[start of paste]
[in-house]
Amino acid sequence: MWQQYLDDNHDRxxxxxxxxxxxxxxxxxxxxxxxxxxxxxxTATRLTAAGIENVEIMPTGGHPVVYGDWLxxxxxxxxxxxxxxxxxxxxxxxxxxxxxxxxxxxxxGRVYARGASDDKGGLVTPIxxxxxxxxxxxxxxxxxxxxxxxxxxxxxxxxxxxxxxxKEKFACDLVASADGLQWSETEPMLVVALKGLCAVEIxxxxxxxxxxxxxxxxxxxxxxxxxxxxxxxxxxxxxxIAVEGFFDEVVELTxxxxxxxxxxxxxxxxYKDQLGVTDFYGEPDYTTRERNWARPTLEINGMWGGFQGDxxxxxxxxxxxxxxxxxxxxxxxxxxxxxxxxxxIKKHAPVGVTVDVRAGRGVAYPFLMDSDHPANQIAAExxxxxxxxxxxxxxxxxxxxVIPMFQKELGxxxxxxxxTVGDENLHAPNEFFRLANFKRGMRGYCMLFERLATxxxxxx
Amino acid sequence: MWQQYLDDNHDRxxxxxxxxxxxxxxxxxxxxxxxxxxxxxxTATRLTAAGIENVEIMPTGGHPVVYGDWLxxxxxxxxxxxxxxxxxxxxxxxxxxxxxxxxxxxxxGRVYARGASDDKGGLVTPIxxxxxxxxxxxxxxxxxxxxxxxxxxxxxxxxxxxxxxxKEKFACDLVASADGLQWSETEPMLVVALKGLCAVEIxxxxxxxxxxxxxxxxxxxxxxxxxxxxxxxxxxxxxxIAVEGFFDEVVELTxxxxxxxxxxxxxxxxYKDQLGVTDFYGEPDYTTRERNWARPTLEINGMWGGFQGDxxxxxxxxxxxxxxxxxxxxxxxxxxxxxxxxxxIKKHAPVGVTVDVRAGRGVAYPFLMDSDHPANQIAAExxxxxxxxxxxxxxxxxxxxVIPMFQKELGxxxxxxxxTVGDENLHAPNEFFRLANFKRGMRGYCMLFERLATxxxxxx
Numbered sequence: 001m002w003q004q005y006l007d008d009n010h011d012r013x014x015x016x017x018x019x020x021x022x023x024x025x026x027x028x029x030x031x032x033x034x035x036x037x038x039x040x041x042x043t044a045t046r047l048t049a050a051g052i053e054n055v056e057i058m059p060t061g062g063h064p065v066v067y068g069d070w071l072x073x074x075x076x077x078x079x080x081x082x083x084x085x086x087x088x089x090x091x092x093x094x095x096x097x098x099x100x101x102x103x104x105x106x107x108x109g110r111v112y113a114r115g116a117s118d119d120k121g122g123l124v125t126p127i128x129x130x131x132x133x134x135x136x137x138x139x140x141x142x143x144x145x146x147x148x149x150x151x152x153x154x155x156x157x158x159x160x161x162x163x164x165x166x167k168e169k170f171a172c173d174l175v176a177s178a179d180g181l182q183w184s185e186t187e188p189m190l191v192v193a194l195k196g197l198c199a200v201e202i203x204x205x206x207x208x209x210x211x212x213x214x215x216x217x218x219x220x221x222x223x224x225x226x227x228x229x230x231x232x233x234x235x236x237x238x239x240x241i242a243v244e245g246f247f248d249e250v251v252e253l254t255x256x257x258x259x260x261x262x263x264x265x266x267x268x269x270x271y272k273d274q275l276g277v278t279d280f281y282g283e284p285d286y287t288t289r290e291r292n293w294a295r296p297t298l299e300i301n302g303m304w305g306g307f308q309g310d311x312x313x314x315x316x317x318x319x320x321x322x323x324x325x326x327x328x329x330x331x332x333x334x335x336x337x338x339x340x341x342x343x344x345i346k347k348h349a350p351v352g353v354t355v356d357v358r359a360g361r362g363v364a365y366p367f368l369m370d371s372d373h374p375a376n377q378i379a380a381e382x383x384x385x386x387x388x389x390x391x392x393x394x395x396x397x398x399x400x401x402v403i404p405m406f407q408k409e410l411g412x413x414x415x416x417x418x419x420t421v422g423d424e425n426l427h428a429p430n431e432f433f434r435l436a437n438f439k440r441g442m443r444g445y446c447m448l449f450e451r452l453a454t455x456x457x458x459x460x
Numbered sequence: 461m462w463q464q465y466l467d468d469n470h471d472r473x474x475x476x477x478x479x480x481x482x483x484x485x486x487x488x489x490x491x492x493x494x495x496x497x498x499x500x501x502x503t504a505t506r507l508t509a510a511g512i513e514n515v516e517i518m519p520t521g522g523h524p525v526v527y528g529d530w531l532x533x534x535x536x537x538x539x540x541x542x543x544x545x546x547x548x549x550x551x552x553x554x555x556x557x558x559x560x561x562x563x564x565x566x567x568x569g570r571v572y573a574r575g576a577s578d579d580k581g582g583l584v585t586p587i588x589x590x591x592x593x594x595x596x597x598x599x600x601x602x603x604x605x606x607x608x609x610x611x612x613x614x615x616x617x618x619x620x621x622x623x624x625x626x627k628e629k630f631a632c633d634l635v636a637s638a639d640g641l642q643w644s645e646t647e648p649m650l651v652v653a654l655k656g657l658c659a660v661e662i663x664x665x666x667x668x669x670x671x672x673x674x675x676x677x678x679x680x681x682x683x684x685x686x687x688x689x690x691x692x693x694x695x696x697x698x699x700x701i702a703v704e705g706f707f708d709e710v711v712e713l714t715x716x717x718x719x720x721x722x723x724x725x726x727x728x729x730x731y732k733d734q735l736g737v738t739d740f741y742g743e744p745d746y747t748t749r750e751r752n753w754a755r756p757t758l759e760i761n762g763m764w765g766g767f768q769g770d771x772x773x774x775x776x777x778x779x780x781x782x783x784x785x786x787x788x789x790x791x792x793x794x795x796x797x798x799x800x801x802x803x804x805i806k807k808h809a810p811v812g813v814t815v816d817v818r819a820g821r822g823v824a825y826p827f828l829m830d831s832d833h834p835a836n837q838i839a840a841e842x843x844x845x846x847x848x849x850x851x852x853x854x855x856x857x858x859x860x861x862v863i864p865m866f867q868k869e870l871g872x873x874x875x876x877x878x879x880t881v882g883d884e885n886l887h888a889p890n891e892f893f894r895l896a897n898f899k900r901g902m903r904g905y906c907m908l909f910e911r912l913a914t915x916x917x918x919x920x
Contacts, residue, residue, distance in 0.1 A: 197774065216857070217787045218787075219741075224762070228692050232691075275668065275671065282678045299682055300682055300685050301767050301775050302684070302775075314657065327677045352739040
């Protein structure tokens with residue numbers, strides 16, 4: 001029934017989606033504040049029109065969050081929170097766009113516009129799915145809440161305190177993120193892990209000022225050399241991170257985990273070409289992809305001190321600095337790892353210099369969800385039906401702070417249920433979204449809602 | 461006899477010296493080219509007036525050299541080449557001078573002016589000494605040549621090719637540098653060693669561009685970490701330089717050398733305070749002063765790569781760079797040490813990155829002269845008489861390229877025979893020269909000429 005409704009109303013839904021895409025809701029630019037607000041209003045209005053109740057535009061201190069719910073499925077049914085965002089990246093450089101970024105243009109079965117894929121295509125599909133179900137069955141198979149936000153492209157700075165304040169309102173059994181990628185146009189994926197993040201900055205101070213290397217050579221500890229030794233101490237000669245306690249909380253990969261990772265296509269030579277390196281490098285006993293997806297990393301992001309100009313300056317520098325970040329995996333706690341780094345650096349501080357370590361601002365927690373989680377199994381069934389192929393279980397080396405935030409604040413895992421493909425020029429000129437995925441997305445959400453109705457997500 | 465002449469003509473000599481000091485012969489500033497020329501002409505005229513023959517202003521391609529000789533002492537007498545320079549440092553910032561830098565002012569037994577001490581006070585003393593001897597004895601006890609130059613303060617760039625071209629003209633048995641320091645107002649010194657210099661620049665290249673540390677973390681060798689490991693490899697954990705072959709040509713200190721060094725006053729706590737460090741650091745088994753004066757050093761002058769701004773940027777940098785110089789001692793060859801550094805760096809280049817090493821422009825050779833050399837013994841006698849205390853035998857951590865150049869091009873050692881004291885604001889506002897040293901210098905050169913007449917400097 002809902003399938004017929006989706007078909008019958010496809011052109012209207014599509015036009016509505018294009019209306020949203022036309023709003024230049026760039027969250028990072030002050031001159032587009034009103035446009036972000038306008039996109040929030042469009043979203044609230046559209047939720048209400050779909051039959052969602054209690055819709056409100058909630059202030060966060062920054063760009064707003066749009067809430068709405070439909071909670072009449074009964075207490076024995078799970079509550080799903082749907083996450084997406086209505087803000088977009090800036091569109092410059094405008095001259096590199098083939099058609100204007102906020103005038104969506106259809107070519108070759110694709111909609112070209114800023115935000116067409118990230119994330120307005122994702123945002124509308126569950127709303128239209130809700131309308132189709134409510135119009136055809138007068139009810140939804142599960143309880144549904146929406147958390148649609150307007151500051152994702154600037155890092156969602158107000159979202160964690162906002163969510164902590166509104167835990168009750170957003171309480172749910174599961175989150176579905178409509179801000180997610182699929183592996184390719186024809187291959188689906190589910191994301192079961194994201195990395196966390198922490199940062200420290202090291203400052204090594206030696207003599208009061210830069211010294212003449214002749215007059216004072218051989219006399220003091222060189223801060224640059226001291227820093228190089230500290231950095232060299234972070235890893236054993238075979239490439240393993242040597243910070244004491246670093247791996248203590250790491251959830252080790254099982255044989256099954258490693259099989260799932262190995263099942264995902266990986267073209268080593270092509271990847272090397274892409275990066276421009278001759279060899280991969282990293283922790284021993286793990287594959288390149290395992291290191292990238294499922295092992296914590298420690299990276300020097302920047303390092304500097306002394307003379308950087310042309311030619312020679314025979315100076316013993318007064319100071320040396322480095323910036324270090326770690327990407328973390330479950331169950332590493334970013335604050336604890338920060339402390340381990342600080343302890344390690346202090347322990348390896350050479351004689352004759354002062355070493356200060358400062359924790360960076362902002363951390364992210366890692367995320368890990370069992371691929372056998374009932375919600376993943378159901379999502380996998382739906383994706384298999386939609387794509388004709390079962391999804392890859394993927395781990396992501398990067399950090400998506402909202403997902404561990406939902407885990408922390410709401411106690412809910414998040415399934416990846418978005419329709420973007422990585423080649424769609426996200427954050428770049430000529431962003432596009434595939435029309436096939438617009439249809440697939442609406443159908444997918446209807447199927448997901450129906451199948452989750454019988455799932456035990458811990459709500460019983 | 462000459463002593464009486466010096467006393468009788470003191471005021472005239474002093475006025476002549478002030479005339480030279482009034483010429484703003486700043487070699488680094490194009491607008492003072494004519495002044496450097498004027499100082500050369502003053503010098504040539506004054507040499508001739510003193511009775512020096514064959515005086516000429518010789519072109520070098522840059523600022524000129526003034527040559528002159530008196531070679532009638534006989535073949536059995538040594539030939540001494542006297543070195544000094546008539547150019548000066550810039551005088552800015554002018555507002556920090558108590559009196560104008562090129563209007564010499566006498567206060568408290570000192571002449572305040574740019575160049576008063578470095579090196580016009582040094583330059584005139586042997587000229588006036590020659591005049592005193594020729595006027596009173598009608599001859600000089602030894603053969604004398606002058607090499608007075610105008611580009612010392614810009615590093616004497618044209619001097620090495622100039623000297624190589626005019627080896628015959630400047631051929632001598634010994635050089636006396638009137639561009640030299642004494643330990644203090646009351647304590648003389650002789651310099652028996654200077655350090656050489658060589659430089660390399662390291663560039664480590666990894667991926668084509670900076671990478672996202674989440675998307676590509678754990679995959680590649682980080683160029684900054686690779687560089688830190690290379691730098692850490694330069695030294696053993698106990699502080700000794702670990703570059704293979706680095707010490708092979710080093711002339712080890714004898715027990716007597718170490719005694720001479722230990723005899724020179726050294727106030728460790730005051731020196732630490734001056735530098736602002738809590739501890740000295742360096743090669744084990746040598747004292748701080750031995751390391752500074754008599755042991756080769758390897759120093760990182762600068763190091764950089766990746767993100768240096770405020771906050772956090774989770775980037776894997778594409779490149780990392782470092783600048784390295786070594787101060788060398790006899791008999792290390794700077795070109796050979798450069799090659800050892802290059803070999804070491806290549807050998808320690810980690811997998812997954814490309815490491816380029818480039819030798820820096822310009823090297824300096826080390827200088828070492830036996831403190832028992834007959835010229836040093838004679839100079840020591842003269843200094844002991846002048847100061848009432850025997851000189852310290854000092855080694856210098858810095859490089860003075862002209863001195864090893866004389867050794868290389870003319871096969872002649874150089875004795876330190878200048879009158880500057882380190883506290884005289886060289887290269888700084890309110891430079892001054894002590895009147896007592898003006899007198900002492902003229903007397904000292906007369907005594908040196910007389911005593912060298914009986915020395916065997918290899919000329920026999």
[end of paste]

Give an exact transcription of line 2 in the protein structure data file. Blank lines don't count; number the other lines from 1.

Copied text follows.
Amino acid sequence: MWQQYLDDNHDRxxxxxxxxxxxxxxxxxxxxxxxxxxxxxxTATRLTAAGIENVEIMPTGGHPVVYGDWLxxxxxxxxxxxxxxxxxxxxxxxxxxxxxxxxxxxxxGRVYARGASDDKGGLVTPIxxxxxxxxxxxxxxxxxxxxxxxxxxxxxxxxxxxxxxxKEKFACDLVASADGLQWSETEPMLVVALKGLCAVEIxxxxxxxxxxxxxxxxxxxxxxxxxxxxxxxxxxxxxxIAVEGFFDEVVELTxxxxxxxxxxxxxxxxYKDQLGVTDFYGEPDYTTRERNWARPTLEINGMWGGFQGDxxxxxxxxxxxxxxxxxxxxxxxxxxxxxxxxxxIKKHAPVGVTVDVRAGRGVAYPFLMDSDHPANQIAAExxxxxxxxxxxxxxxxxxxxVIPMFQKELGxxxxxxxxTVGDENLHAPNEFFRLANFKRGMRGYCMLFERLATxxxxxx